Every year 300 million tons of plastic are produced worldwide, while it is estimated that around 5 trillion pieces of plastic are floating in the oceans. The lack of efficient recycling of this material poses a real trap for hundreds of marine species and, indirectly, human health.
To meet this great challenge, researchers at Washington State University in the USA developed a technology that converts plastics into components for the production of jet fuel for aircraft.
In detail, scientists can convert 90% of the plastic into kerosene and other valuable hydrocarbon products in just one hour. Specifically, the authors have developed a catalytic process that enables them to convert polyethylene (a widely used form of plastic) into high-quality aviation fuels and lubricants.
Innovation in the service of the environment
As our colleagues at Science Daily explained, they used a catalyst based on ruthenium on carbon and a solvent. This is all the more impressive as this process is much easier to carry out than the usual recycling techniques, whether mechanical or chemical.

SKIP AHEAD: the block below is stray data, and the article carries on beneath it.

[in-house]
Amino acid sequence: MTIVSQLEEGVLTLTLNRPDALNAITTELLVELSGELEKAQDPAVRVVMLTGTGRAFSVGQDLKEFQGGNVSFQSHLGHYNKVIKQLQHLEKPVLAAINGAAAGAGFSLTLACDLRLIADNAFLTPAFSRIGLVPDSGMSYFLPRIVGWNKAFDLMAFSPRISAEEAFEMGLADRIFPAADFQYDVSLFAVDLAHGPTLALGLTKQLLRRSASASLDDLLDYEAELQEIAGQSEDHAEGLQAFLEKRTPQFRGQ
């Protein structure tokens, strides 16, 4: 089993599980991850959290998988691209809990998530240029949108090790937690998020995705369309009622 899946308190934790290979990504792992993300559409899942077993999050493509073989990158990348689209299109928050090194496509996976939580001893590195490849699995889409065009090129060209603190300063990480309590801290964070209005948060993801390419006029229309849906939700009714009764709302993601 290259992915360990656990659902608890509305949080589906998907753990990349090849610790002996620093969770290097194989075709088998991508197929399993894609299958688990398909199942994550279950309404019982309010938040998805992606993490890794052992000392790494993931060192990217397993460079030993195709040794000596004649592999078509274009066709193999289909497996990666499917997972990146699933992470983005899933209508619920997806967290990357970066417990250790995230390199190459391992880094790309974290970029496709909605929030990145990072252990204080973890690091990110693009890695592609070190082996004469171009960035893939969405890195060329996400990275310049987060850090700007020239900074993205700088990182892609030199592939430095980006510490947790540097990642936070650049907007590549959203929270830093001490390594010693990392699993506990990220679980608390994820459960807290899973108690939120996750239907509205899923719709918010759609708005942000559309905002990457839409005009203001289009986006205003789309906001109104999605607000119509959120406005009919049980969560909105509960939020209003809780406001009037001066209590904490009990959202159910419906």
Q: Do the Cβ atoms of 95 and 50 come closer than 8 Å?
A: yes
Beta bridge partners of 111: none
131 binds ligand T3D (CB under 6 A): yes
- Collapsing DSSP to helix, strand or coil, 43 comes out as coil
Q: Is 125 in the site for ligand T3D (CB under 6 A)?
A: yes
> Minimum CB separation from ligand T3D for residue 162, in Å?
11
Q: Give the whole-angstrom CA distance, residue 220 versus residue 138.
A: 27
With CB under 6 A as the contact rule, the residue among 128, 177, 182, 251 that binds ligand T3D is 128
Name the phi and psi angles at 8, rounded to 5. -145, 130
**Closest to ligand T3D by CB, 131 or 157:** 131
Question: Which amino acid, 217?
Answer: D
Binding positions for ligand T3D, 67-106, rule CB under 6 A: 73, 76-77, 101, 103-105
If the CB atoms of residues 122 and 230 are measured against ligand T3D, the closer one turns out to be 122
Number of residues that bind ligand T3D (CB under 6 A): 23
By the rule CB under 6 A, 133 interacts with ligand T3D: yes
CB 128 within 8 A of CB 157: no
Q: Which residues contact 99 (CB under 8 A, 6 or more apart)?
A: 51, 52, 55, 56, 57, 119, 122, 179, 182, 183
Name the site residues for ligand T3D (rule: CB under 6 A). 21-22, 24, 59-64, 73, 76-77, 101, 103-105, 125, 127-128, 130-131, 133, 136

The scientists also believe that “using this efficient process could represent a promising approach for the selective manufacture of high-quality products from polyethylene waste. “
In the past, we’ve come back to other innovations that might also respond to this problem. For example, researchers at Colorado State University have developed an “endless” recycled polymer.
Similarly, a team of scientists from the Plymouth Marine Laboratory in the UK has developed an AI that uses images from satellites in orbit to identify plastic pollution at sea. The algorithm manages to distinguish plastics from other materials in 86% of the cases. Enough to greatly facilitate the cleaning work at sea and to promote the absorption of this environmental scourge.